Six months ago, Cassidy Baldwin was among Milwaukee’s leading wedding planners, until she became the scapegoat for a corporate scandal. Now the only job she can land is organizing over-the-top themed funerals for her best friend’s family business.
Then the city’s most affluent and eccentric philanthropist dies, and Cassidy is hired to fulfill the woman’s deathbed wish: find a wife for her playboy nephew, Ryan Mitchell.
Ryan’s always avoided the spotlight, and he’s not thrilled by the media attention spawned by this final decree. If he doesn’t marry within the year, however, his aunt’s quirky staff will lose their home and livelihood. So he wants Cassidy to find him a Ms. Right Now that he can ultimately divorce, but she’s determined to find him a true soul mate since the right match could launch a new matchmaking career for her. Too bad she seems to understand him better than any of the potential brides she’s found.
Is it worth risking a real chance at love to arrange a fake wedding?
by Eliza Daly
Sensuality Level: Behind Closed Doors
When Eliza Daly isn’t traveling for her job as an event planner or tracing her ancestry roots through Ireland, she’s at home working on her next novel, bouncing ideas off her husband, Mark, and her cats Quigley, Frankie, and Sammy. Find Eliza Daly at www.elizadaly.com, on Facebook, and on Twitter @ElizasBooks.
An excerpt from ‘Til Death Do Us Part:
“Remember how Artie used to belch out the National Anthem?” said a guy in a Green Bay Packers jersey, standing at the front of the chapel in Thompson’s Funeral Home. He slammed his beer, then proceeded to pay “musical” tribute to his recently deceased buddy.
Several men joined in, slapping their foam Cheeseheads or Packers caps against their chests out of respect for Artie Gardner. Although they held non-alcoholic beer cans—Thompson’s forbade alcohol consumption due to liability issues—the contents had undoubtedly been replaced with “real” beer.
And, unfortunately, if Cassidy Baldwin didn’t turn a blind eye, she’d have to turn away 25 percent of their business.
Planning themed funerals was going to be the death of her. Six months ago, she’d been one of Milwaukee’s premier wedding planners. Now, she was one beer-guzzling, football-themed funeral away from taking a swan dive off the Hoan Bridge.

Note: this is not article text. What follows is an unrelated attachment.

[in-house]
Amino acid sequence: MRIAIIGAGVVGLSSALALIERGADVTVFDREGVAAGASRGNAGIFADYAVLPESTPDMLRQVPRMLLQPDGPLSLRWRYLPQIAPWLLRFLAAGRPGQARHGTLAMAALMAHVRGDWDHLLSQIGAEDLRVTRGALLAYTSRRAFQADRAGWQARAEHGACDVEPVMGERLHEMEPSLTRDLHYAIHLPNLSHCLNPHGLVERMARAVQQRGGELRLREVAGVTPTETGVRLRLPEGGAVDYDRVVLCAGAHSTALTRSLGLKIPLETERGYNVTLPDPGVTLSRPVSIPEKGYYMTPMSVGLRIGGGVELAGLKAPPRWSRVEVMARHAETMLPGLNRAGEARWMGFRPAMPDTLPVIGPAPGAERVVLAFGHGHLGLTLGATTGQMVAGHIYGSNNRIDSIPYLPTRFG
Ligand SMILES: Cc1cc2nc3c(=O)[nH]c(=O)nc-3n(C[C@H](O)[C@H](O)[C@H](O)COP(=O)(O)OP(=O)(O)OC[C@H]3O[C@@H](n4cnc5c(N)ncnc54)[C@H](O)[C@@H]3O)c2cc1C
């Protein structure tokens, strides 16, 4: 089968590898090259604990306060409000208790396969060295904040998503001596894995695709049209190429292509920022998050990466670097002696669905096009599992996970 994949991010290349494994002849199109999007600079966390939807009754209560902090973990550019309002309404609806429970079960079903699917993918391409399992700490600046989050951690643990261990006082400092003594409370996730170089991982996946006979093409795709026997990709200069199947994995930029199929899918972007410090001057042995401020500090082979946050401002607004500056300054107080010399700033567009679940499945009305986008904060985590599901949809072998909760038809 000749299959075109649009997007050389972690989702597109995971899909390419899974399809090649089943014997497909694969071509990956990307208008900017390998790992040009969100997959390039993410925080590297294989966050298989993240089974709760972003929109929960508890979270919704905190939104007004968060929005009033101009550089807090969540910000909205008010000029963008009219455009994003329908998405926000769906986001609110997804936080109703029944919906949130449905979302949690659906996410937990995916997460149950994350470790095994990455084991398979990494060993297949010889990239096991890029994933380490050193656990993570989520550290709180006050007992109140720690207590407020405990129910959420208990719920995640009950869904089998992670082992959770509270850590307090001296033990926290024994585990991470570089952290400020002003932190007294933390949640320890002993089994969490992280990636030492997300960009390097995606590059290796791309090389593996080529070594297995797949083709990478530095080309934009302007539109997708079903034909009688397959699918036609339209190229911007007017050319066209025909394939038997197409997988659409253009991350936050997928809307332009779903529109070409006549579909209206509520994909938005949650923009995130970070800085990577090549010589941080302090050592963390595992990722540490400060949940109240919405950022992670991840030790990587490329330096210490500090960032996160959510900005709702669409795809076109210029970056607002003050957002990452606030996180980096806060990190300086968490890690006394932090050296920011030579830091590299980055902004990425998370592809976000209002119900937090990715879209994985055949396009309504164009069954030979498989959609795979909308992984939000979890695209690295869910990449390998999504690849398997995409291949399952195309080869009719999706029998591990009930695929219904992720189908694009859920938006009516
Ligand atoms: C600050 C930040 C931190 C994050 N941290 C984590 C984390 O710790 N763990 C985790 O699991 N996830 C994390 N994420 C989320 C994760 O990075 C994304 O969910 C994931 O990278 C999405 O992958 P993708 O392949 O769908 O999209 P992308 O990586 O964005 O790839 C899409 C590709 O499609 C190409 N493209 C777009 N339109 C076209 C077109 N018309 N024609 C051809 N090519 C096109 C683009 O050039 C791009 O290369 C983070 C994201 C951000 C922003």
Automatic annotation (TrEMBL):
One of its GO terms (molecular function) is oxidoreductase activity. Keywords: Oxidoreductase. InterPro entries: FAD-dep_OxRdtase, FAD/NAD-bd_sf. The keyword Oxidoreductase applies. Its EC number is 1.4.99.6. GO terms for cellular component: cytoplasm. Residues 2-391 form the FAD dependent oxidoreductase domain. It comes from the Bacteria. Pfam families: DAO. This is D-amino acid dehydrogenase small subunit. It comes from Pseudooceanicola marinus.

The tribute ended and the men raised their cans, toasting the deceased as the Packers kicked off against the Seattle Seahawks on the large-screen TV. “Go Pack,” they roared, plopping down on the recliners and couches, which temporarily replaced the chapel’s folding chairs.
The women congregated around the buffet at the back, removing lids from salad containers and dumping chips into bowls. A woman walked in carrying a large platter. The stench of greasy bratwursts overpowered the scent of the crisp fall day drifting through the window of the Victorian house, now home to the funeral parlor.
Kenny, the funeral director, materialized at Cassidy’s side. He brushed a hand down his Packers tie, his shifty brown eyes twinkling with pride. “One of my best makeup jobs ever,” he said, referring to the green-and-gold goop on the deceased’s face. Wearing a wide grin, Kenny slithered off.
He was slimier than that gel he used to slick back his hair. If he weren’t married to her friend, Lucy, and also de facto boss and landlord—she temporarily lived with them above the funeral home—she’d tell him so.
The scent of patchouli replaced the stench of beer when Lucy strolled over. She wore a red-and-white-striped dress with a bright blue scarf tied around her neck. The nautical hues—“best for the career zone”—were part of her plan to feng shui her new business, An Herb a Day Café, to success. Lucy removed her red eyeglasses and perched them atop her blonde bob.
Cassidy glanced over at the men singing “Beer Barrel Polka.” “And I thought getting fired for something I didn’t even do was the low point of my life. One more beer-guzzling funeral and I’m seriously hurling myself off a cliff.”
“I thought it was the Hoan Bridge?”
“The cliff is closer, just across the street.”
“Please wait until after Aggie Cornwell’s funeral.”
“What? Aggie Cornwell died?” The heiress to the country’s fourth-largest brewery was a Milwaukee icon.
“Just got a call. She fell out of a tree rescuing a cat. Died instantly.”
How ironic. Aggie Cornwell donated loads of money to the Animal Rescue Squad. Her mansion’s guesthouse was a foster home for dozens of cats.
“Her lawyer attended the Morris funeral here last month and was totally impressed. When I told him you were actually a wedding planner by trade, that cinched the deal.”
“Why? Aggie Cornwell wanted to get married at her funeral?” Cassidy laughed faintly, but Lucy didn’t.
“Seemed she’d planned her wedding down to the last detail, yet she never married. Guess her funeral is her last opportunity to at least hold the reception. And the perfect chance for you to show your creative planning skills to the city’s elite and get back into the wedding industry.” Lucy rattled off ideas for the funeral/wedding. “What do you think?”
“I could use a beer.”